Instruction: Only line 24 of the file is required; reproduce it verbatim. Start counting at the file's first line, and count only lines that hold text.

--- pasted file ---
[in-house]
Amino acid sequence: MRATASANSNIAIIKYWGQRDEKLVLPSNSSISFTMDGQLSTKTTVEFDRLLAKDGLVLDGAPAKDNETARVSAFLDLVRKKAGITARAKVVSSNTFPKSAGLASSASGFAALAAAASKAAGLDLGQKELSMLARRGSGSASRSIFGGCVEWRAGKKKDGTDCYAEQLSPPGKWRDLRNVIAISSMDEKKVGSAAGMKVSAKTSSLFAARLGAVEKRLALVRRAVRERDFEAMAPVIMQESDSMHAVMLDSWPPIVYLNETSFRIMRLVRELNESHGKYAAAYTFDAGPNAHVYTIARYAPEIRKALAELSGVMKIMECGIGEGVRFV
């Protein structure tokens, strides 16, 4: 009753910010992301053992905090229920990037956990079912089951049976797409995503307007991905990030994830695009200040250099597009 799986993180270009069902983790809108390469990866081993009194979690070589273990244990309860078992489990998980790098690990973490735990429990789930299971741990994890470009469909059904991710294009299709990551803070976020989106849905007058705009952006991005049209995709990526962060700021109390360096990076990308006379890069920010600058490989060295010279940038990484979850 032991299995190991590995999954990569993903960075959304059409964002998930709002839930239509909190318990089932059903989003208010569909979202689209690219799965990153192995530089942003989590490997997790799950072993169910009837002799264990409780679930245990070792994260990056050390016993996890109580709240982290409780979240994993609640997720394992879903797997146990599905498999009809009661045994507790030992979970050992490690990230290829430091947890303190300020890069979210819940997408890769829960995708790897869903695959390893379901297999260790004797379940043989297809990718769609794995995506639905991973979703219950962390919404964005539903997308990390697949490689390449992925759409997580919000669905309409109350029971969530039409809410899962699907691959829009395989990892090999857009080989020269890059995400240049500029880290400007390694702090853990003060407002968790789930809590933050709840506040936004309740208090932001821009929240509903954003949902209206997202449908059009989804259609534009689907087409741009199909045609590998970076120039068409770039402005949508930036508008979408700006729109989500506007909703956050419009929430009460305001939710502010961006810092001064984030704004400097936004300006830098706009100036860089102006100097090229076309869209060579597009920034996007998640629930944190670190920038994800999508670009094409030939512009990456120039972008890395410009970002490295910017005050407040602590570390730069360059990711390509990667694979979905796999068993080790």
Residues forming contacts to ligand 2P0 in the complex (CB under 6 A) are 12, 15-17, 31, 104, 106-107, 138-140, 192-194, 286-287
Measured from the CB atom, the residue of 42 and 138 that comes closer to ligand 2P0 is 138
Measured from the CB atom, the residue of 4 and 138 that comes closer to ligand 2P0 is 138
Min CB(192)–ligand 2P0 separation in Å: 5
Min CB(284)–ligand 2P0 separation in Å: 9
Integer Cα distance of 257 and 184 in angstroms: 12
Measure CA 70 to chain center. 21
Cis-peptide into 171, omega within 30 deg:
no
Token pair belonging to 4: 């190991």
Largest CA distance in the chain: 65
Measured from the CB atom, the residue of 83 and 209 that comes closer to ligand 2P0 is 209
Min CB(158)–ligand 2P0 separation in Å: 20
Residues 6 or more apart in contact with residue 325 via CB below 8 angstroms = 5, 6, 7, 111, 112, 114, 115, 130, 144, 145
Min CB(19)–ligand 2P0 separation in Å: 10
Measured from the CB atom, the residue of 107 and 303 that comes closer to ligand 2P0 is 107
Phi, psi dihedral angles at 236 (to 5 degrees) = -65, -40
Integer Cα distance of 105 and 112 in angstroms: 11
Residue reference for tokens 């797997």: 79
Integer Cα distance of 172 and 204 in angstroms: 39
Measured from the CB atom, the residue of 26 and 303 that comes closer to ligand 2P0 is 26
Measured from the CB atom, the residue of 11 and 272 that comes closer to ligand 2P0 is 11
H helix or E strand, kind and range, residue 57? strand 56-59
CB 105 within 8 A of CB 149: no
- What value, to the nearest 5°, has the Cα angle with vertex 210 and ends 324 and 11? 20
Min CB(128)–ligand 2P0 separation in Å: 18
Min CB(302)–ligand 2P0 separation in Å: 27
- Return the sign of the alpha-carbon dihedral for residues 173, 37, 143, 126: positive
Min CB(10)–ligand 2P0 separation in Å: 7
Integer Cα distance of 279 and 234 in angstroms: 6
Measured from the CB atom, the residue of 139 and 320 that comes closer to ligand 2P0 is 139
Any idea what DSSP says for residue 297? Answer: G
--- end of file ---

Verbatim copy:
Measured from the CB atom, the residue of 26 and 303 that comes closer to ligand 2P0 is 26